Two Edwardian-era dystopian novels that were excerpted in our anthology Unto This Last are now available from Monroe St. Press in their entirety.
Lord of the World by Robert Hugh Benson and The Iron Heel by Jack London were published one year apart, in 1907 and 1908 respectively. Both told tales of future societies in which trends and ideas that were current at the time they were written had come to their ultimate conclusion—with disastrous results.
In Lord of the World, a charismatic but elusive American politician, Julius Felsenburgh, averts a world war in the early 21st century and is immediately hailed as the literal savior of humanity. Granted unprecedented authority over the nations of the world, he sets out to impose his vision of universal brotherhood and harmony—and to insure that any who cling to "superstitious" beliefs are gotten out of the way. Meanwhile, an English priest, Father Percy Franklin, finds that he might be all that stands between Felsenburgh and his diabolical plans.
The Iron Heel is written in the form of a memoir by Avis Everhard, wife of revolutionary Ernest Everhard, spanning the years 1912 through 1918. This manuscript is discovered 700 years later (in the 26th century) by a scholar who adds commentary explaining various events mentioned in the manuscript—some historical, others fictional. Avis recounts how she, Ernest and others who sought to liberate the exploited working class encountered brutal resistance from an entrenched "Oligarchy" of the wealthy and powerful, and how this class struggle tore America apart.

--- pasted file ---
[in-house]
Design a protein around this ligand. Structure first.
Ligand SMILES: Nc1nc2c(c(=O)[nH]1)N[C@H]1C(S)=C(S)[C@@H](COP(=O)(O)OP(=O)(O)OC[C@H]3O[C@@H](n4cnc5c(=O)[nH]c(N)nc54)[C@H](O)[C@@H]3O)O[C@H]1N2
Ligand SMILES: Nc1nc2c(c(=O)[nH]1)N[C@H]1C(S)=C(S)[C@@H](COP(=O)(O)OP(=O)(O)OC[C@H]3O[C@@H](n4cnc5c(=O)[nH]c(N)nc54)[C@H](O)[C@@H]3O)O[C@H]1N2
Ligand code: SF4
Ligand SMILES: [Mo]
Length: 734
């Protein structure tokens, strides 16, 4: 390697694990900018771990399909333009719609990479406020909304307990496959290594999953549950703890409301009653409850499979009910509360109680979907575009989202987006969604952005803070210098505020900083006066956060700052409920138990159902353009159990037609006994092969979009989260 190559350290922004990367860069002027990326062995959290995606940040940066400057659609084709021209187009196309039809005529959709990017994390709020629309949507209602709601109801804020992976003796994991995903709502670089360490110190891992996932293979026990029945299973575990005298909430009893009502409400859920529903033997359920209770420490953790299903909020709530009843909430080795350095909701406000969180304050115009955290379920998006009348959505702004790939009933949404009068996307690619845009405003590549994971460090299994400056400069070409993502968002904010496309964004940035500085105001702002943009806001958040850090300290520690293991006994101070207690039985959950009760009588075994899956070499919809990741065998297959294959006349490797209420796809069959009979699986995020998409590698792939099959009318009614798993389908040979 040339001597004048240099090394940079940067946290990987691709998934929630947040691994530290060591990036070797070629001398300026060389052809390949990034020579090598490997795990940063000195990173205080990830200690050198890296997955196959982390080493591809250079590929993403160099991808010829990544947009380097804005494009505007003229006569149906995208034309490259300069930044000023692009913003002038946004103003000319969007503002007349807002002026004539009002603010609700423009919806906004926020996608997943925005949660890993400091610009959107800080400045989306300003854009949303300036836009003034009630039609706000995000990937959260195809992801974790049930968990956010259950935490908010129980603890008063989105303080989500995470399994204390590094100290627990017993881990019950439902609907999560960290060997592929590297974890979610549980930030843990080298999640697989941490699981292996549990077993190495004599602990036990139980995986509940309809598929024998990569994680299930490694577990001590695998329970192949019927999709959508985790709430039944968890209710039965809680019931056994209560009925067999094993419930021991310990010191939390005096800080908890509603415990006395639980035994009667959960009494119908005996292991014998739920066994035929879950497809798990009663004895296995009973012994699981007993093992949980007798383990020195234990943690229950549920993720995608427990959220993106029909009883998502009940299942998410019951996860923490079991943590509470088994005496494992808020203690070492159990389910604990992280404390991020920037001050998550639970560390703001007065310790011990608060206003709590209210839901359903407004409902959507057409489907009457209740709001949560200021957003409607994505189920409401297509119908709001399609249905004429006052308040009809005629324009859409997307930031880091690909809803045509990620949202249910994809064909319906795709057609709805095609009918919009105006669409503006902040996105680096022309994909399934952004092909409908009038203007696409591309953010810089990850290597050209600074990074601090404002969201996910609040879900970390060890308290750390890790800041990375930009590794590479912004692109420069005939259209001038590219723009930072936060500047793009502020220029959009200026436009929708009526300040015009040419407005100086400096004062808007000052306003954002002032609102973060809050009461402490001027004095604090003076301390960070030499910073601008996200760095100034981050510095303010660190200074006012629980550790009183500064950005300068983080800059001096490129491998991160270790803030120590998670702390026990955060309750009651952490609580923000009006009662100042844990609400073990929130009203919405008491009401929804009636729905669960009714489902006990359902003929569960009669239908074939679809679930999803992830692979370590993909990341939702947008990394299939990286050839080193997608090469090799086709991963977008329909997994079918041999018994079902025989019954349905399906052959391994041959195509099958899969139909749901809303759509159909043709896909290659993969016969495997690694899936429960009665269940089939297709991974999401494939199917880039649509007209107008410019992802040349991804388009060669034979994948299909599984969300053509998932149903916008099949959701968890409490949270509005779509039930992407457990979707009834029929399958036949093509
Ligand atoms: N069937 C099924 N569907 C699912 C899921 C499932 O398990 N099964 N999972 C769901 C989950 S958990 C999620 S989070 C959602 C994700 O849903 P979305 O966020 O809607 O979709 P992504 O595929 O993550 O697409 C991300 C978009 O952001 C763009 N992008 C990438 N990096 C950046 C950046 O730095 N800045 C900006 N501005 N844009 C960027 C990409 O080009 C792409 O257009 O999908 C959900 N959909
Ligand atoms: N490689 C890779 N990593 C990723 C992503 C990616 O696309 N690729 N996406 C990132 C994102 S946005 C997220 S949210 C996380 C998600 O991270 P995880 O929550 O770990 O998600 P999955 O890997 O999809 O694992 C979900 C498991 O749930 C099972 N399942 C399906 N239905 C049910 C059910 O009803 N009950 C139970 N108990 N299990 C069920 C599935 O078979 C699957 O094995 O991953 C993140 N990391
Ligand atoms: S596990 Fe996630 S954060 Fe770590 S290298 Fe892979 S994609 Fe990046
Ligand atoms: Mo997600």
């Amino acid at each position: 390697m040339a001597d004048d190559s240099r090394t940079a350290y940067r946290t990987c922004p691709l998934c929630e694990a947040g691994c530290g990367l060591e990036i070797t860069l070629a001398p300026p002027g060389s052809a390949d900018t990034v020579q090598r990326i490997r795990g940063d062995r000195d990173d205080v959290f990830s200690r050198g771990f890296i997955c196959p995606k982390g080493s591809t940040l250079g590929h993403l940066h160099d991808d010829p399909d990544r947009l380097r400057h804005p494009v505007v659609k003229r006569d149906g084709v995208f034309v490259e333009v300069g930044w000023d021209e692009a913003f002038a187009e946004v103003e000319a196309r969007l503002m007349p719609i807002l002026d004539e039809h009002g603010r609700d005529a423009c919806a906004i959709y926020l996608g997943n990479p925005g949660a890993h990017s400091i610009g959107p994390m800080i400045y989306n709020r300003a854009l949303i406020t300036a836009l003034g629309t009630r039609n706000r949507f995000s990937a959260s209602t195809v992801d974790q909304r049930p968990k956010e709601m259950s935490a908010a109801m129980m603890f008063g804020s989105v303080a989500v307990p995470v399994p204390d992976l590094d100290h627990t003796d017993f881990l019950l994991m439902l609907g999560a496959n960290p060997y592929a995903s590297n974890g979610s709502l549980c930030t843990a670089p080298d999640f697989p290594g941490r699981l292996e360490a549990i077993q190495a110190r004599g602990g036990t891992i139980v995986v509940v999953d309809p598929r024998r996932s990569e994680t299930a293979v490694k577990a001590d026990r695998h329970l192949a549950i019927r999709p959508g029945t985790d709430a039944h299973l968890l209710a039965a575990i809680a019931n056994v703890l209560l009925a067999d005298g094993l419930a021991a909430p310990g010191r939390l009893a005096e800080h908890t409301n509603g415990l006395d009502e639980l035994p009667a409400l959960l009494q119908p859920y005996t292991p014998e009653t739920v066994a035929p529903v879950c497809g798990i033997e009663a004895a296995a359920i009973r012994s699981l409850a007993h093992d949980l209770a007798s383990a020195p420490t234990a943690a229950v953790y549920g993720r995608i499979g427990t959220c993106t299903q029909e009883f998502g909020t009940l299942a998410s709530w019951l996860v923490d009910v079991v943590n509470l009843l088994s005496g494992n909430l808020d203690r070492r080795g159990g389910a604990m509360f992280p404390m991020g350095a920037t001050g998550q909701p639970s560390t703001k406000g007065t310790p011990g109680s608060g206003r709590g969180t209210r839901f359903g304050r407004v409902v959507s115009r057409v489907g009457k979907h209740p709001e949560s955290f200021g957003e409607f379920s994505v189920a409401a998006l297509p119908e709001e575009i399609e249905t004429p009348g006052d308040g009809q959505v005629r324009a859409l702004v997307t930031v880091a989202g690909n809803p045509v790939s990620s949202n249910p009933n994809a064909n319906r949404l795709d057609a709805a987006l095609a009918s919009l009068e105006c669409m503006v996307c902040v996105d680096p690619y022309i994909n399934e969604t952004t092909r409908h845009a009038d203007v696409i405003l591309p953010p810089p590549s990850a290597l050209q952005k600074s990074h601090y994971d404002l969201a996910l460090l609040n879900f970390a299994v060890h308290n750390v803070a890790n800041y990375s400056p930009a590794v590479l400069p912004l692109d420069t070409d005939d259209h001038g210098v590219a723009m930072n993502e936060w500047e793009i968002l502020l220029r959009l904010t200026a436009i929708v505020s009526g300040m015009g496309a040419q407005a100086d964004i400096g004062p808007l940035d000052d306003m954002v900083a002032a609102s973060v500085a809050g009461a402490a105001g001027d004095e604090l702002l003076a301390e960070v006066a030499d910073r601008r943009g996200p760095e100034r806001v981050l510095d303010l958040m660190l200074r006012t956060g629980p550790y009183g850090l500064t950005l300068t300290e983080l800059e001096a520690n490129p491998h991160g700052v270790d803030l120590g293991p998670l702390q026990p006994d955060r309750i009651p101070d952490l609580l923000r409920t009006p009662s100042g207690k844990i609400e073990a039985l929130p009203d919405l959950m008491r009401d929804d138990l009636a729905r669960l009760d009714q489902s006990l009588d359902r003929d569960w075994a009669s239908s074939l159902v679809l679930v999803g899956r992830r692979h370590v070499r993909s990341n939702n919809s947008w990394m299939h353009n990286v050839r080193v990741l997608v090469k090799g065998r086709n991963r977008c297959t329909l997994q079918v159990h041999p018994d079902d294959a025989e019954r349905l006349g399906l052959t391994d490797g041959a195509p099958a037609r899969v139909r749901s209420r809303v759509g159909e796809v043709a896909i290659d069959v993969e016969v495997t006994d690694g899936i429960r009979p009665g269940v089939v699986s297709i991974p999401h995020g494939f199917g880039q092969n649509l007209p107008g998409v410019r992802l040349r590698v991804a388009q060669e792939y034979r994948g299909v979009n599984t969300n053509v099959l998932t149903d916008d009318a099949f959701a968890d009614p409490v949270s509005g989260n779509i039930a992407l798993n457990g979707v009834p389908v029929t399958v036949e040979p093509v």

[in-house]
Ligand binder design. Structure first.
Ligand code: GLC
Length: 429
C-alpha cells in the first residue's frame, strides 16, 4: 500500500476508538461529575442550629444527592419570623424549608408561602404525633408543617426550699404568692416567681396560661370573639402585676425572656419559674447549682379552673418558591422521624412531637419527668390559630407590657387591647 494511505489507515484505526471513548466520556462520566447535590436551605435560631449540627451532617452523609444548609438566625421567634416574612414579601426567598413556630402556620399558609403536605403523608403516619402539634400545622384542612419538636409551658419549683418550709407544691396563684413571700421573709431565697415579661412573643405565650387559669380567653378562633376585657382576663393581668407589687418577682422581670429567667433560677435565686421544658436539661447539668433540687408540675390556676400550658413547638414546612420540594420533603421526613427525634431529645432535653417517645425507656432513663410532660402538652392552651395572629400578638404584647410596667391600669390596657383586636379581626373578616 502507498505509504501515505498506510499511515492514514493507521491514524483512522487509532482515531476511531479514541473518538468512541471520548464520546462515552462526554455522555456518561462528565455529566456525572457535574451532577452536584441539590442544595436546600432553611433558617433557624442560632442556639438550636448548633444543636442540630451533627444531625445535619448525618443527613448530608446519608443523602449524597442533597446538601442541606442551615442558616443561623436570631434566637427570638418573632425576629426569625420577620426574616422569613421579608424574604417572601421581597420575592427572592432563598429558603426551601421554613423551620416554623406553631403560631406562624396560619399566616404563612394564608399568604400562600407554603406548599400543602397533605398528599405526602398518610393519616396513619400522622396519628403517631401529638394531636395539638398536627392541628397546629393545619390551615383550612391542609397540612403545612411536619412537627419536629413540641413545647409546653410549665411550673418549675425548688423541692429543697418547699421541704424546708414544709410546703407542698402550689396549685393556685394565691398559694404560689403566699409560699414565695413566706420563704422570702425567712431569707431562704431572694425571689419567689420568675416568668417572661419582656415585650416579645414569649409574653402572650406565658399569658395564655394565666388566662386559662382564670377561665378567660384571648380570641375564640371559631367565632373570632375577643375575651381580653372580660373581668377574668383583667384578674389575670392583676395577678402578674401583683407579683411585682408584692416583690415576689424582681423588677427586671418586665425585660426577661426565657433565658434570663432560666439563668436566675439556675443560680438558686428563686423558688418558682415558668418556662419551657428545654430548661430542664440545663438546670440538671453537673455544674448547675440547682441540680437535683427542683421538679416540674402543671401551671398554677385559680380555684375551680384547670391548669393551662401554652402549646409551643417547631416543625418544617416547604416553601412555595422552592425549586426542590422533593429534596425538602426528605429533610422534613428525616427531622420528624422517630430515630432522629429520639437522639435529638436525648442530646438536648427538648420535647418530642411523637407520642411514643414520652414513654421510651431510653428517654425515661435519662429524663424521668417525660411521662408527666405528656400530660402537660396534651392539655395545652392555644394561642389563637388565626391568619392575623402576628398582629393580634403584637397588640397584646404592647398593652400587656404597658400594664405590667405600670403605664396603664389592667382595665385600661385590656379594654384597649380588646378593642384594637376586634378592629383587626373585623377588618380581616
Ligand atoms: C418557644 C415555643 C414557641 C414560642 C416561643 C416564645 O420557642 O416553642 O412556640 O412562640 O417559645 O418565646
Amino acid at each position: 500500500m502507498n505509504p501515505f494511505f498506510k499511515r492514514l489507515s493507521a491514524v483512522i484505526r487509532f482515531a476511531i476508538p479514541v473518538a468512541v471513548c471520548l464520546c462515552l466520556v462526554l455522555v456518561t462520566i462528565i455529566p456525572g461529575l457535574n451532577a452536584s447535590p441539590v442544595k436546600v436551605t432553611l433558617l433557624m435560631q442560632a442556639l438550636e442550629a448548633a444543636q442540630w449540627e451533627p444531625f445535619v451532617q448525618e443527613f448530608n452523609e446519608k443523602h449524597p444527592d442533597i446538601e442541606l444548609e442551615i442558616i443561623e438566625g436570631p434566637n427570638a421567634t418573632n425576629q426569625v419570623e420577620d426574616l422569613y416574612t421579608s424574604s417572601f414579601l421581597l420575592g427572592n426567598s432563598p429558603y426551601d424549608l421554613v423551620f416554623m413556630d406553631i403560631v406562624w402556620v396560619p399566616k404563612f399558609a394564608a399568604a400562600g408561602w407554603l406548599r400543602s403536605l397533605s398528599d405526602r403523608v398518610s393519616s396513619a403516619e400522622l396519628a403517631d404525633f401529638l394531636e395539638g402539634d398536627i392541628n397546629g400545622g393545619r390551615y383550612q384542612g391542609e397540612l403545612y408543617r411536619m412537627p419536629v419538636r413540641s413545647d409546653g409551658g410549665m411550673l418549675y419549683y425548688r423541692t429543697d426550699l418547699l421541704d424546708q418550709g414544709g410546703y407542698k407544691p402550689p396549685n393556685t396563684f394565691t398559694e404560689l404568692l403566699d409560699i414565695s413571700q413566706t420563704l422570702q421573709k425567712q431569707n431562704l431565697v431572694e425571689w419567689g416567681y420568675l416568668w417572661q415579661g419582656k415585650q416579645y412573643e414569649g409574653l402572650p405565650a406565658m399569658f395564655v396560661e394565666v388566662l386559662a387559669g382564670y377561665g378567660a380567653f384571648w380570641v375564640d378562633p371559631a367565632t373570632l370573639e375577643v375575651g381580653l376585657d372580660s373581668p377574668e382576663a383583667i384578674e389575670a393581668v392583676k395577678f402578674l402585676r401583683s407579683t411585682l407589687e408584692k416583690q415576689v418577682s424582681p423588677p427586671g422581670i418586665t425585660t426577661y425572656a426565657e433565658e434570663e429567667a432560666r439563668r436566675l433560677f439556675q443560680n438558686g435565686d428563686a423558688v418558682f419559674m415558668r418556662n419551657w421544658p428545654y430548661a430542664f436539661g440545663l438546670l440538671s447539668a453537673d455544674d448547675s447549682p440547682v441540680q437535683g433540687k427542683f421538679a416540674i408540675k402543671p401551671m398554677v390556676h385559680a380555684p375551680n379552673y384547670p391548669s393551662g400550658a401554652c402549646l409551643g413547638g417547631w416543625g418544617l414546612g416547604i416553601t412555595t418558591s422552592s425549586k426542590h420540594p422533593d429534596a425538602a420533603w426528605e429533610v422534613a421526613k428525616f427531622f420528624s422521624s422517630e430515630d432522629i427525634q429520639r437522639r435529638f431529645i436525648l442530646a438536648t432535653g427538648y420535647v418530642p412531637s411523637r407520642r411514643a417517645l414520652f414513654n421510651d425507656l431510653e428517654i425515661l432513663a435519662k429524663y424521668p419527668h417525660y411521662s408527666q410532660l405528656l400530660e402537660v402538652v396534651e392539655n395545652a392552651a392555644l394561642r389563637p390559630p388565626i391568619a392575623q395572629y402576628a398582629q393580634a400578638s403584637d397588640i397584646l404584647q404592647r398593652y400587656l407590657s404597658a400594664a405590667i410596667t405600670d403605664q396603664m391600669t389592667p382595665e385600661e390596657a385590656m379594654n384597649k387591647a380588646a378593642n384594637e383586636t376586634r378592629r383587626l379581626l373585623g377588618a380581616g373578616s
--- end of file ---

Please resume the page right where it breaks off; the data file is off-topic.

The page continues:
The two authors not only wrote from opposite sides of the world (London from his ranch in California, Benson from his parsonage in England) but from opposite sides of the political and social spectrum. London, best known for his stories of human and animal survival such as The Call of the Wild and White Fang, spent his youth as a manual laborer and was largely self-educated; Benson was one of three sons of the Archbishop of Canterbury and enjoyed an upper-class lifestyle and education. London was an atheist and socialist; Benson, an Anglican turned Catholic priest. London firmly believed that Marxist socialism was the solution to poverty, war and other social problems of the day; Benson just as firmly believed it would only lead to worse problems.
As divergent as these two novels are, they both proved to be groundbreaking examples of the modern dystopian genre and set patterns that were followed by later writers. George Orwell praised The Iron Heel as a very accurate prophecy of the rise of Fascism, and Orwell scholars cite it as an influence on 1984. Both books also foreshadowed, sometimes in eerily accurate fashion, the rise of totalitarian states such as Soviet Russia and Nazi Germany.
Both titles are $10 and can be purchased through the Amazon link at our website.